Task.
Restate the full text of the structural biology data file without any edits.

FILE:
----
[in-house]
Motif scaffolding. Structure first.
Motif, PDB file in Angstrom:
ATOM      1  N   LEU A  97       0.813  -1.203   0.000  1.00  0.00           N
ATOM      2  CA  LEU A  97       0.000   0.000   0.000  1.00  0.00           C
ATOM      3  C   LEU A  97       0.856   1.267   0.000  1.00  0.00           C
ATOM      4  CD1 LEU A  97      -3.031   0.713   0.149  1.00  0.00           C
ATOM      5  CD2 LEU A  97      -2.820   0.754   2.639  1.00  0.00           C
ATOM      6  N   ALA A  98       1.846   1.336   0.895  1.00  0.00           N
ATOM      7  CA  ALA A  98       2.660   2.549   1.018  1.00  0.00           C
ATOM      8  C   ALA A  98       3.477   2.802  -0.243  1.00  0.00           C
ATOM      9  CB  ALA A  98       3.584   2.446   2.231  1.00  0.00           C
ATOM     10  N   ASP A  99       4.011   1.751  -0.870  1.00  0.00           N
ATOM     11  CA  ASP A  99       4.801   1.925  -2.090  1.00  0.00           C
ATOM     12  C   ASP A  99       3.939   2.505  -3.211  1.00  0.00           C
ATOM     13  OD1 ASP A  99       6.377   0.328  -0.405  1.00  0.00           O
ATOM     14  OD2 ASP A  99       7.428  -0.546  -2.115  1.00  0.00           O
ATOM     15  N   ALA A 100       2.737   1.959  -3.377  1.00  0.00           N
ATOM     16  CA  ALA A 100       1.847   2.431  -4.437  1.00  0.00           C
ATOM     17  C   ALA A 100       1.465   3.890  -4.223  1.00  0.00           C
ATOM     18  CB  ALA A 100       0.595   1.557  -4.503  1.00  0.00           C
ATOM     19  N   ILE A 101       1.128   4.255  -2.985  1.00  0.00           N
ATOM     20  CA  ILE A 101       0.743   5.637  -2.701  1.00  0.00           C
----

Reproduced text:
[in-house]
Motif scaffolding. Structure first.
Motif, PDB file in Angstrom:
ATOM      1  N   LEU A  97       0.813  -1.203   0.000  1.00  0.00           N
ATOM      2  CA  LEU A  97       0.000   0.000   0.000  1.00  0.00           C
ATOM      3  C   LEU A  97       0.856   1.267   0.000  1.00  0.00           C
ATOM      4  CD1 LEU A  97      -3.031   0.713   0.149  1.00  0.00           C
ATOM      5  CD2 LEU A  97      -2.820   0.754   2.639  1.00  0.00           C
ATOM      6  N   ALA A  98       1.846   1.336   0.895  1.00  0.00           N
ATOM      7  CA  ALA A  98       2.660   2.549   1.018  1.00  0.00           C
ATOM      8  C   ALA A  98       3.477   2.802  -0.243  1.00  0.00           C
ATOM      9  CB  ALA A  98       3.584   2.446   2.231  1.00  0.00           C
ATOM     10  N   ASP A  99       4.011   1.751  -0.870  1.00  0.00           N
ATOM     11  CA  ASP A  99       4.801   1.925  -2.090  1.00  0.00           C
ATOM     12  C   ASP A  99       3.939   2.505  -3.211  1.00  0.00           C
ATOM     13  OD1 ASP A  99       6.377   0.328  -0.405  1.00  0.00           O
ATOM     14  OD2 ASP A  99       7.428  -0.546  -2.115  1.00  0.00           O
ATOM     15  N   ALA A 100       2.737   1.959  -3.377  1.00  0.00           N
ATOM     16  CA  ALA A 100       1.847   2.431  -4.437  1.00  0.00           C
ATOM     17  C   ALA A 100       1.465   3.890  -4.223  1.00  0.00           C
ATOM     18  CB  ALA A 100       0.595   1.557  -4.503  1.00  0.00           C
ATOM     19  N   ILE A 101       1.128   4.255  -2.985  1.00  0.00           N
ATOM     20  CA  ILE A 101       0.743   5.637  -2.701  1.00  0.00           C